Marketing Generosity: The Avon
Worldwide Fund for Women's
Health and the Reinvention of
Global Corporate Citizenship
The observation that political, economic, and technological changes over the past two decades have removed barriers from markets that until recently were closed or highly regulated is by now familiar.1 Although the specific effects of the end of the Cold War, the emergence of international trade blocs, the expanding influence of bodies such as the World Trade Organization, and the availability of new technologies are the subject of ongoing debate, it is generally acknowledged that corporations play a more central role in international relations of power than they did prior to this period and that new configurations of economic activity have profound implications for the territoriality and sovereignty of nation-states (Barber, 1995; Jameson and Miyoshi, 1998; Sassen 1998; Frank, 2000).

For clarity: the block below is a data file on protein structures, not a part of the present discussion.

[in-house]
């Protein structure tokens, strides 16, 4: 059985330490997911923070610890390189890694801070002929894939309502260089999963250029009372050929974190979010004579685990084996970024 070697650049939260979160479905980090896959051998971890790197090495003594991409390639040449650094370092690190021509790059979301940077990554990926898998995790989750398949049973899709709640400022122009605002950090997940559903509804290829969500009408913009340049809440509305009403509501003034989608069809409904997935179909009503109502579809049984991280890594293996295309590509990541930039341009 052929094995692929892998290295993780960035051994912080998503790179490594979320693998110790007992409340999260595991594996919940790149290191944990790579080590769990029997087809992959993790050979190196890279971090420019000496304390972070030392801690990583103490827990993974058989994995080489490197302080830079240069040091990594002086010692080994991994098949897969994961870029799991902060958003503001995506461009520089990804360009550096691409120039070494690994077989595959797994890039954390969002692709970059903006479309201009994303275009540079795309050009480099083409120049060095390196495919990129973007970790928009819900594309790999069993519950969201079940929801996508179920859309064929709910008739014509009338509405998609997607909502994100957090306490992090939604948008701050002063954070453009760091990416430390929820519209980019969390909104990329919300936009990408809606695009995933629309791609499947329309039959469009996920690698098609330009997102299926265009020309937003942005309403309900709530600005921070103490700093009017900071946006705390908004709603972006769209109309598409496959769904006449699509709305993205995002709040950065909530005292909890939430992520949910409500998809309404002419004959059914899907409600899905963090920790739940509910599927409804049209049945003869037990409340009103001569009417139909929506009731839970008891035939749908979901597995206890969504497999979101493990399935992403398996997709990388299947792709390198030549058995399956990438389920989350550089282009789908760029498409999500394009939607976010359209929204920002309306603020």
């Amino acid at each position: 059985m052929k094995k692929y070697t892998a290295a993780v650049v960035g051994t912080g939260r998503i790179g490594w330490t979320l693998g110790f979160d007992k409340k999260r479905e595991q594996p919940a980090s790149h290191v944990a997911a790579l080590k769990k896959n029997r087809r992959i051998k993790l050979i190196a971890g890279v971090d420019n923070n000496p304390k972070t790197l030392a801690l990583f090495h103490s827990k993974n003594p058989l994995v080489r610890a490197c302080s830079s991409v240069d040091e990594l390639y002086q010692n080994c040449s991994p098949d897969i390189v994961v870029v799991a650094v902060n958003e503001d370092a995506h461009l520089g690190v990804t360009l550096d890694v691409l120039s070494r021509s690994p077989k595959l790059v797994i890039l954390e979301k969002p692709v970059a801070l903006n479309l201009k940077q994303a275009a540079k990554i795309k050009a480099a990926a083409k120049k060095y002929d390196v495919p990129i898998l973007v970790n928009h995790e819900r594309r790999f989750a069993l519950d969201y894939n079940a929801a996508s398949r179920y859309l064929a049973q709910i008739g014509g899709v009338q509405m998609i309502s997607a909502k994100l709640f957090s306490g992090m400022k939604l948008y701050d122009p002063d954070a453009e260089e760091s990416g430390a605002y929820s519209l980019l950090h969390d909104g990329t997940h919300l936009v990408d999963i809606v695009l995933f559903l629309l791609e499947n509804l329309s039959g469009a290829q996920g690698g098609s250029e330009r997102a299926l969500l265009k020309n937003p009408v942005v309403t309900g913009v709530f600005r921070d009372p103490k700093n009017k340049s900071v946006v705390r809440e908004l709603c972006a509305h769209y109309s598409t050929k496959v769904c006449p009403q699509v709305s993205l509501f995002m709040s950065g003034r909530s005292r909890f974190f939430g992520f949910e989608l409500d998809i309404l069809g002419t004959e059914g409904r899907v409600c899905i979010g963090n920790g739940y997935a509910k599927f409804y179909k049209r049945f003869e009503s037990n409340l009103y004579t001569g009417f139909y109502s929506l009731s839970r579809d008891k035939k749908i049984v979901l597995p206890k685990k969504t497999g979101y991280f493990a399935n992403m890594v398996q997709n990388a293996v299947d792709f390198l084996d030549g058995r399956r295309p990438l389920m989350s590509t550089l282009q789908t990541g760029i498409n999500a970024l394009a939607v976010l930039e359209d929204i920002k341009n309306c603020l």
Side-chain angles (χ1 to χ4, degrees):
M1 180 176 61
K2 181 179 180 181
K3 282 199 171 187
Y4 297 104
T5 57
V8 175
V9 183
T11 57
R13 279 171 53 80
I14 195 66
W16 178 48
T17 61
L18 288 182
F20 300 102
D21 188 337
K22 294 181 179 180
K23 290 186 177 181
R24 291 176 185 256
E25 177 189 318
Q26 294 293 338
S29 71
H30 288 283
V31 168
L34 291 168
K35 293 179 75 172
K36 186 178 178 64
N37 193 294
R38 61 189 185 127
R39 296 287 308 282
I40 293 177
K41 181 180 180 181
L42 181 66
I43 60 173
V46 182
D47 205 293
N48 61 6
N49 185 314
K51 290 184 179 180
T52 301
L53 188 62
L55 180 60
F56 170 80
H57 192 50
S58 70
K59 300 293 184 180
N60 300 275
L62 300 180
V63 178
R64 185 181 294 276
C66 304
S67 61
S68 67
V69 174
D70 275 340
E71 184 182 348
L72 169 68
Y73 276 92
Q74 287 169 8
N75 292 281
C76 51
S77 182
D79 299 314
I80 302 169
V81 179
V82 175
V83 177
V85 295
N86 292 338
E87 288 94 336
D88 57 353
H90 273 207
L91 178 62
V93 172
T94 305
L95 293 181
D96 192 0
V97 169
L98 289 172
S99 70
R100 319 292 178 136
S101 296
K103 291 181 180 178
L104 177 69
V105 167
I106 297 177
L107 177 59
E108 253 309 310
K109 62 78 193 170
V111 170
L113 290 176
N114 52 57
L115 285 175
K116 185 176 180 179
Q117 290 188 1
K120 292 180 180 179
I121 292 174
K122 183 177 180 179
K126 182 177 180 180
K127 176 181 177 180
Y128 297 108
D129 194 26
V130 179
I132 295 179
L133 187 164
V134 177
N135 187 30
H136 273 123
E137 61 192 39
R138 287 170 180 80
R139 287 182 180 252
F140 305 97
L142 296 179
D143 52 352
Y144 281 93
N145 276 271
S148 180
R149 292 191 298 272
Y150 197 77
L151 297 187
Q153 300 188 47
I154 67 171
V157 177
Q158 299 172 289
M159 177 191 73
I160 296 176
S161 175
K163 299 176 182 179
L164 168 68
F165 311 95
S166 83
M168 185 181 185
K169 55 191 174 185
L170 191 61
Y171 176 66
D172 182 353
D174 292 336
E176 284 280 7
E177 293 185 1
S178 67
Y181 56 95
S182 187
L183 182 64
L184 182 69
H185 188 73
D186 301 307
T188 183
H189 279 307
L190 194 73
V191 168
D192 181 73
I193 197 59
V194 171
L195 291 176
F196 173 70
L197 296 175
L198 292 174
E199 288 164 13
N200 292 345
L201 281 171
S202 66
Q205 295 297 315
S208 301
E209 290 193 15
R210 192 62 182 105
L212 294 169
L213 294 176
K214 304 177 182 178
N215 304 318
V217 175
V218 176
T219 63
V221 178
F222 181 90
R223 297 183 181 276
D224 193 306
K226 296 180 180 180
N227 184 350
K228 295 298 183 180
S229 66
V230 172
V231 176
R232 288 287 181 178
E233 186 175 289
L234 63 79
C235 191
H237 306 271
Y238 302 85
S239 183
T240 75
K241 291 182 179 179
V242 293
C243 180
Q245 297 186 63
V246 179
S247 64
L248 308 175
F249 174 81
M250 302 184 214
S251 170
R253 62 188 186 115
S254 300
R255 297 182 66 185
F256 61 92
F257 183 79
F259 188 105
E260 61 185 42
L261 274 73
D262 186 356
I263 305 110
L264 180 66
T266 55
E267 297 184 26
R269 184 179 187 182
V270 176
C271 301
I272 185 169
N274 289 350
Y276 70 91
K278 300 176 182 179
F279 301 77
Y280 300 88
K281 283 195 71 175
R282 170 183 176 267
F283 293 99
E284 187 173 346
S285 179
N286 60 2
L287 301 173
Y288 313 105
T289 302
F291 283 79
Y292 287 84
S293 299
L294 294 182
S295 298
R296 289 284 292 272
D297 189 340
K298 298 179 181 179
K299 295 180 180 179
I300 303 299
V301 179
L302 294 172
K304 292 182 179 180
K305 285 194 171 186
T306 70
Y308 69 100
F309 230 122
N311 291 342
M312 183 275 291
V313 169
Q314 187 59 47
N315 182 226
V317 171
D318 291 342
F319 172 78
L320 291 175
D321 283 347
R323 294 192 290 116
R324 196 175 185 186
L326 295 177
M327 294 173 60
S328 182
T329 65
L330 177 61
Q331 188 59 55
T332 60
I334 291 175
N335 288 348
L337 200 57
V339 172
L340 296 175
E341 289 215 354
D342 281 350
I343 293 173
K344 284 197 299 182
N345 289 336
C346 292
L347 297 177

The economic and legal trajectories of the current global order have emerged in coincidence with a profusion of local, regional, and transnational NGOs and social movements that constitute in the eyes of some commentators a burgeoning global civil society. However, the extraordinary diversity of NGOs and social movements in existence, in conjunction with the multiple, often contradictory, meanings of civil society in circulation make coherent theoretical analyses of this phenomena decidedly difficult. Frederic Jameson's (1998) discussion of the two distinct levels at which the idea of civil society operates is useful in this respect. He points out that this term signifies both the political “freedom” of social groups to negotiate their political contract and the economic “freedom” of the marketplace as a dynamic space of innovation and production, distribution and consumption. Crucially, however, he notes that there is frequent slippage between the political and the economic as one level is “slyly” substituted for the other in “a kind of ideological prestidigitation” (p. xiii).